The market system in Vigo
The seller points to one of the boxes full of fish and shellfish that surround him. In a local accent he starts to shout figures. “50, 49, 48, 47...”. When he reaches 40, one of the women in the crowd calls out, “mine!”, and the man goes quiet. He approaches the woman, notes the sale down in his book and lets to the purchaser inspect and choose the goods. It is six in the morning and Vigo (Galicia) fish market is bustling with activity. This operation will be repeated until the sun is high in the sky; the smell of fish fills the place.
On the south-western coast of Galicia, Vigo is one of the most important fishing ports in Europe. Women such as the 72-year old Carmen Pedrido have been coming to the fish market practically every day of their lives since they were 11.
With the wisdom of over half a century of work behind her, as she buys the product Pedrido explains how the experienced buyers know that what they are taking away is quality. “For the nécoras (a kind of crustacean) you take it between two fingers and squeeze it”, she explains. “With octopus you have to look at its colour”. “Crabs have to be knocked and listened to”.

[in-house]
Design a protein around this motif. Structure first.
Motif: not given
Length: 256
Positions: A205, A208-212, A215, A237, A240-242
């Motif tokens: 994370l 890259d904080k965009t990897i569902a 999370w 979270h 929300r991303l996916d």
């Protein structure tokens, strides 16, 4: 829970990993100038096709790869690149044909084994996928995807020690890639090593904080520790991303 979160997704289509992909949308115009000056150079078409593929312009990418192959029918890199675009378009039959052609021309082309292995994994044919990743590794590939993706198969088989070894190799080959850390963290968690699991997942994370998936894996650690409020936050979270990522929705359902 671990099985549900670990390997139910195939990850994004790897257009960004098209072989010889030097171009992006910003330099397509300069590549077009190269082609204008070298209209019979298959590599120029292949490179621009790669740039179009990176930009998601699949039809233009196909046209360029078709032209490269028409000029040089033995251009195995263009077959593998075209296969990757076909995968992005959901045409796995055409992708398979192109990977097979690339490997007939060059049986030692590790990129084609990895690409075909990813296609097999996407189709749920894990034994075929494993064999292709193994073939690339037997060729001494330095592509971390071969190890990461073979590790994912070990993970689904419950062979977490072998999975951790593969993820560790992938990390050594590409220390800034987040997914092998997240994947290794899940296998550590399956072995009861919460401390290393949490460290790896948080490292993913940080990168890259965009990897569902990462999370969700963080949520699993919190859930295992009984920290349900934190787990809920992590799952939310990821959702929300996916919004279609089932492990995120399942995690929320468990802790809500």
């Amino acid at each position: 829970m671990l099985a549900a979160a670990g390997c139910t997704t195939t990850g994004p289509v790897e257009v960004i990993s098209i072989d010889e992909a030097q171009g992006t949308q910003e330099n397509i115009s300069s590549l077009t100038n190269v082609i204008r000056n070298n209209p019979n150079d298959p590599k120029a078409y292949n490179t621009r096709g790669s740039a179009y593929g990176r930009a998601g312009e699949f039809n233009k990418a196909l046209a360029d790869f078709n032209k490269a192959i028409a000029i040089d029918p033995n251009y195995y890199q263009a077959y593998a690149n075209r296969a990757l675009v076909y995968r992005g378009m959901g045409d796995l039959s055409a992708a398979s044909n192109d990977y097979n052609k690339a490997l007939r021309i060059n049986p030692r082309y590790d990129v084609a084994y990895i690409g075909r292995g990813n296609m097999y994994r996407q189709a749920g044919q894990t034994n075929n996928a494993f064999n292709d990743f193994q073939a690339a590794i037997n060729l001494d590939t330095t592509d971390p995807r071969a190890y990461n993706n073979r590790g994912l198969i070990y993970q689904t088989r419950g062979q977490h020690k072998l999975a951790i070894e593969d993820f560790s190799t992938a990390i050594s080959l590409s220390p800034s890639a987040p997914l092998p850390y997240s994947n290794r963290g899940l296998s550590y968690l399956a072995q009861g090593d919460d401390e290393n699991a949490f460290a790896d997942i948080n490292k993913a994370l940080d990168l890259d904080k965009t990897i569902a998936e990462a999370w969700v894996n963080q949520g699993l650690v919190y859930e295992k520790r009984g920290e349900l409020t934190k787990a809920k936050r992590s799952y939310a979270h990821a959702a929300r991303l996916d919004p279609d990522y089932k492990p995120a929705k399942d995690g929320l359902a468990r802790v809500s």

Divided into the two main areas of high tide and low tide fishing, the material comes from what is caught by the fishermen of Galicia themselves, and which they unload in Vigo (1st sale) and what comes from other ports (2nd sale) and is sold here. This has turned it into one of the economic driving forces behind the city’s enormous growth in the 20th-century and has made it one of the ports where most fish is sold for human consumption. It is not surprising that the European agency ensuring compliance with the fishing policy in the EU has its centre in Vigo.
Alongside experienced people such as Pedrido, there are newcomers like Quique Barios. A former salesperson, for a month and a half he has mainly been buying adult and baby cuttlefish (a very tasty kind of mollusc) for housewives. He carries a long hook with which he drags the platform on which he carries his boxes. “I don't dare pick shellfish”, he says fearfully, “it is a very large investment and I don't feel sure of getting it right”.
Behind Barios a seller begins to shout out figures. A seagull flies behind him and a transporter scares it away. Someone in the crowd surrounding him shouts “mine!” and inspects the fish. The sun is already up and the place is filled with the smell of the sea.
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